tl;dr - How do I determine which icons the NetworkManager applet uses so I can replace them with custom ones?


I have the NetworkManager applet in my main panel/taskbar/systray area (was there when I installed os) and have added several VPN connections. The connections all work fine but I find that I dislike the default icons and would like to replace them with ones that stand out better against a dark background. I have been trying unsuccessfully to find which icon is being used so that I can replace it with custom icons that are bright green (vpn) and magenta (wired/non-vpn).

Here is a screenshot of the default icons I wish to replace: NetworkManager icons

System details

I have multiple pcs/partitions and have tried this on several distros. I use the same theme setup and same DE on all of the distros involved.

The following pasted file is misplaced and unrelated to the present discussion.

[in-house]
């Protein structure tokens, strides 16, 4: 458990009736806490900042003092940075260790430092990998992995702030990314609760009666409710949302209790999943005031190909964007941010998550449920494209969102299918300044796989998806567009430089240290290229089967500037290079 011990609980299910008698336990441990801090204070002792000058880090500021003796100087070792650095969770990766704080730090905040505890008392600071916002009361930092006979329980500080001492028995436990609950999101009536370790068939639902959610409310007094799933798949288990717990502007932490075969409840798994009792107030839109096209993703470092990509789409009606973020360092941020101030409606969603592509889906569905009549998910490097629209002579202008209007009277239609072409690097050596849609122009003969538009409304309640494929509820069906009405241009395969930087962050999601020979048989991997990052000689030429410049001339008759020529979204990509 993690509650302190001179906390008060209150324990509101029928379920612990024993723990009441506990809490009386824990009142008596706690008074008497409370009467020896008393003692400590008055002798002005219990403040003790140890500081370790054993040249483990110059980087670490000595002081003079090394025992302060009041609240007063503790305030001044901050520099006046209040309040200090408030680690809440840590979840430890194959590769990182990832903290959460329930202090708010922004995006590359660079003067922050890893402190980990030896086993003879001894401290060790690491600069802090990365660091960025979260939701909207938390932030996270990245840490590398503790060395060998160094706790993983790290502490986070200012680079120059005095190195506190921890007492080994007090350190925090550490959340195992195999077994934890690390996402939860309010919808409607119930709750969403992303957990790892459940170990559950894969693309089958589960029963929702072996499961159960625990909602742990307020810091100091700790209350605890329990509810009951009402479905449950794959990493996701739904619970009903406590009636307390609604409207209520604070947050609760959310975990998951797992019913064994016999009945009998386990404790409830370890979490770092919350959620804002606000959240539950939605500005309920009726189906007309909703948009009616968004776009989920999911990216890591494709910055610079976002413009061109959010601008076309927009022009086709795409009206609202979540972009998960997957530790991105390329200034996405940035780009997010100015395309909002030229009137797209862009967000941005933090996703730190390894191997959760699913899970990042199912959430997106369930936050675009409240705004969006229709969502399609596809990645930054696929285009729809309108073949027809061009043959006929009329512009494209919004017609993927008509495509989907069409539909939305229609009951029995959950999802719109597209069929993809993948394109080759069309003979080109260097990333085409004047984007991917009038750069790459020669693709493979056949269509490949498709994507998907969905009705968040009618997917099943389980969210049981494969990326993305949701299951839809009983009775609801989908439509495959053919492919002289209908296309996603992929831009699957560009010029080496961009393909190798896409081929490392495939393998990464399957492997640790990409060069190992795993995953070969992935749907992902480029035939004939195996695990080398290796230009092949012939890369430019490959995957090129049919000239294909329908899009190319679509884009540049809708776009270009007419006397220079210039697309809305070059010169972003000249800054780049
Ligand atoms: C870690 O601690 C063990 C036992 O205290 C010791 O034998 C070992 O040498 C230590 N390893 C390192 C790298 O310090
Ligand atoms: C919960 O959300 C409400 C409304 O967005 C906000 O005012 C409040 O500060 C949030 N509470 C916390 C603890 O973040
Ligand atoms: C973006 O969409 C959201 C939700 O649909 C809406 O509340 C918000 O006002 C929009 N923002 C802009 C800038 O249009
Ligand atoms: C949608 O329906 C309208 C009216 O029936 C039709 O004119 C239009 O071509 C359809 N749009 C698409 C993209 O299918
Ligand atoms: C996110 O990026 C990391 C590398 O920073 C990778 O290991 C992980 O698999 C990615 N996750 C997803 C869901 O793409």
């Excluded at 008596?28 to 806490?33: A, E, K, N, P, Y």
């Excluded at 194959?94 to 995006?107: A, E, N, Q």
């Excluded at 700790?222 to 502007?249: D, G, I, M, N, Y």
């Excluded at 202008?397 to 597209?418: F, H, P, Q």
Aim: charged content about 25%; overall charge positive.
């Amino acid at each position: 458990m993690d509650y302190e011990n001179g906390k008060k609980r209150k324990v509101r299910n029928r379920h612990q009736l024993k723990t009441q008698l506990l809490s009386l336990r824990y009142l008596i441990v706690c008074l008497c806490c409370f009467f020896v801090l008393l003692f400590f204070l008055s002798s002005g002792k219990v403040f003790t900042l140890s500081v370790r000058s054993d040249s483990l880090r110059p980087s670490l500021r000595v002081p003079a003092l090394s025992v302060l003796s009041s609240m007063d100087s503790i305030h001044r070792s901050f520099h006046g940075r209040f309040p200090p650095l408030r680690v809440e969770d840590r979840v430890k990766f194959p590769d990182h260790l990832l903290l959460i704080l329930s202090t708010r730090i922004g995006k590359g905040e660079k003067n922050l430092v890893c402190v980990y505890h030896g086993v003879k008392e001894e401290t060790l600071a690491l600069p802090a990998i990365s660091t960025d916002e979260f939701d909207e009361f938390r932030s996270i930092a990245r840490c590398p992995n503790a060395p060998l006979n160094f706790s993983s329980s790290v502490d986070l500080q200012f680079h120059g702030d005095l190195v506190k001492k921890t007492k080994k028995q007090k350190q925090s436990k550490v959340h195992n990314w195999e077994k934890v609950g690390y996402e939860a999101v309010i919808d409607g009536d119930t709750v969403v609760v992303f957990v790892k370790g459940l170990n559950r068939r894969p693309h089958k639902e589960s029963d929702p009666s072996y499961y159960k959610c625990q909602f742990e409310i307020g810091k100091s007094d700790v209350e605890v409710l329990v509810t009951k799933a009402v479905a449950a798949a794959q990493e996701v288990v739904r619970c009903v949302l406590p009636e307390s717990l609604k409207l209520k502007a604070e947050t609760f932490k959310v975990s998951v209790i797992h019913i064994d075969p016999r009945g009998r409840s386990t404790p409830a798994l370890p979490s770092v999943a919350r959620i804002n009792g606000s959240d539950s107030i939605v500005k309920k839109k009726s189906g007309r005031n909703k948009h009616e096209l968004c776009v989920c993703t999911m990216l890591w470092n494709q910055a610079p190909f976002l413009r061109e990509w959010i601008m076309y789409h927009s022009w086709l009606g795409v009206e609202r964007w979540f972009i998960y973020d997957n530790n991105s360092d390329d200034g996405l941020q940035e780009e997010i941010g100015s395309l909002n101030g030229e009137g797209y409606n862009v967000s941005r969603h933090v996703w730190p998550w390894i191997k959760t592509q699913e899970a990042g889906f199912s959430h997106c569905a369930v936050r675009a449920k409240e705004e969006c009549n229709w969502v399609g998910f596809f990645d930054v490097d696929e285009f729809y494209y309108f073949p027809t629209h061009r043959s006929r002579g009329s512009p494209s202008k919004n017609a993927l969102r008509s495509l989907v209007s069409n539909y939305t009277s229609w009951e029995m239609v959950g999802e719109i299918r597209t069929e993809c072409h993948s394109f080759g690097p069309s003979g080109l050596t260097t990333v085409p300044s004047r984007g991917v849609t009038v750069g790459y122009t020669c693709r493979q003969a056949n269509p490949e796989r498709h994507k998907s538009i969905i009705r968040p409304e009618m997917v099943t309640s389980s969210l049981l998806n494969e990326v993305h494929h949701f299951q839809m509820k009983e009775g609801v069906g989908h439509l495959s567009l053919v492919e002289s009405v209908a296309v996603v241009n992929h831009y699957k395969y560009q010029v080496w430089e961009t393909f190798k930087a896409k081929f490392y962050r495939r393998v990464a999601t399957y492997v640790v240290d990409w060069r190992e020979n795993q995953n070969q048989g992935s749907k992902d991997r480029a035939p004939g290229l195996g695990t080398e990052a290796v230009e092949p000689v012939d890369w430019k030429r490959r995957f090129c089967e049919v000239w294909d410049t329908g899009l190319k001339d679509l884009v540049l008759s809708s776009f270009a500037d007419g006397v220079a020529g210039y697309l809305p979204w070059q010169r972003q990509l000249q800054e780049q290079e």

DE: Cinnamon (same for all) Distros: Fedora 33, LMDE-4, Linux Mint 19.3 Theme: Window Borders: Mint-Y Dark, Icons & Desktop: Mint-Y Dark Aqua, Mouse Pointer: Adwaita

happy to test from any of my distros. but since i'm writing from fedora:

$ uname -r

$ dnf list NetworkManager|grep NetworkManager
NetworkManager.x86_64                  1:1.26.4-1.fc33                  @updates

$ dnf list cinn*|grep -P '^cinnamon\.x|menus\.x'
cinnamon.x86_64                                  4.6.7-1.fc33          @anaconda
cinnamon-menus.x86_64                            4.6.1-2.fc33          @anaconda

any other info needed, please let me know

What I have tried so far